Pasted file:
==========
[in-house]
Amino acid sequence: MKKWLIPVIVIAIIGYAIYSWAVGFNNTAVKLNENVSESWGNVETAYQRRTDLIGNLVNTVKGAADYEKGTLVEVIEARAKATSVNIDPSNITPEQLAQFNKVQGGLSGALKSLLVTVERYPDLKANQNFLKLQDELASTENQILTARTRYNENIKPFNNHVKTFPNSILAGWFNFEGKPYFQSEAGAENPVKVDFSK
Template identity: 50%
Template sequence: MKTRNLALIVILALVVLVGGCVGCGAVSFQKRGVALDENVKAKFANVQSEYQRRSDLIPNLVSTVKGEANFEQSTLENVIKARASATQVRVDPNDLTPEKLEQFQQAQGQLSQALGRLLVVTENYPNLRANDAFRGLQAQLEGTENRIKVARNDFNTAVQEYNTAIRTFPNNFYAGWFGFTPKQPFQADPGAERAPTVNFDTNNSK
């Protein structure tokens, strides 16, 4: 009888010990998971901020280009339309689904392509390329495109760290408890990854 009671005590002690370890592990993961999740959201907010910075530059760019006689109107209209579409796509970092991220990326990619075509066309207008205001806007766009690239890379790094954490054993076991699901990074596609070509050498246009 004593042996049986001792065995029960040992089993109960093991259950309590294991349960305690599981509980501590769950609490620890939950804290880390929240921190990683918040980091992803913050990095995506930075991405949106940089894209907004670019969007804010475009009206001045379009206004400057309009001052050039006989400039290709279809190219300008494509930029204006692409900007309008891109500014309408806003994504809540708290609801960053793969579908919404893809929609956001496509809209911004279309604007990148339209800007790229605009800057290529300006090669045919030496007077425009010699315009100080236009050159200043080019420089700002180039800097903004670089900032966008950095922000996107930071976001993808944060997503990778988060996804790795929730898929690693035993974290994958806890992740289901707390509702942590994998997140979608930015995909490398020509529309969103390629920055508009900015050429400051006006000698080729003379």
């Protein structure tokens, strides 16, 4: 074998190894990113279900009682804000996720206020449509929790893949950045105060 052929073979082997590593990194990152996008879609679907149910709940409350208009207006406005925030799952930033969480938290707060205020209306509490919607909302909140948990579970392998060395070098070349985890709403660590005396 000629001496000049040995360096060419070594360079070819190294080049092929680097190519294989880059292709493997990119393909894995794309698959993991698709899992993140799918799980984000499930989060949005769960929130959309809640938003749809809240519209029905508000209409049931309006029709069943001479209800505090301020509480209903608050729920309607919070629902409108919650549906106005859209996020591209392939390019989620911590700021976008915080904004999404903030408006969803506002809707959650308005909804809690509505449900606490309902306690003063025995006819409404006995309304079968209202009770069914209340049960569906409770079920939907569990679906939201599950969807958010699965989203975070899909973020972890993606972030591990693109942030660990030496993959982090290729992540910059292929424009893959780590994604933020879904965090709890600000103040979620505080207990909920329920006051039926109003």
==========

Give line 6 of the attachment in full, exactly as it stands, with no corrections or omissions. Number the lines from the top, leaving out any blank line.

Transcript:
């Protein structure tokens, strides 16, 4: 074998190894990113279900009682804000996720206020449509929790893949950045105060 052929073979082997590593990194990152996008879609679907149910709940409350208009207006406005925030799952930033969480938290707060205020209306509490919607909302909140948990579970392998060395070098070349985890709403660590005396 000629001496000049040995360096060419070594360079070819190294080049092929680097190519294989880059292709493997990119393909894995794309698959993991698709899992993140799918799980984000499930989060949005769960929130959309809640938003749809809240519209029905508000209409049931309006029709069943001479209800505090301020509480209903608050729920309607919070629902409108919650549906106005859209996020591209392939390019989620911590700021976008915080904004999404903030408006969803506002809707959650308005909804809690509505449900606490309902306690003063025995006819409404006995309304079968209202009770069914209340049960569906409770079920939907569990679906939201599950969807958010699965989203975070899909973020972890993606972030591990693109942030660990030496993959982090290729992540910059292929424009893959780590994604933020879904965090709890600000103040979620505080207990909920329920006051039926109003």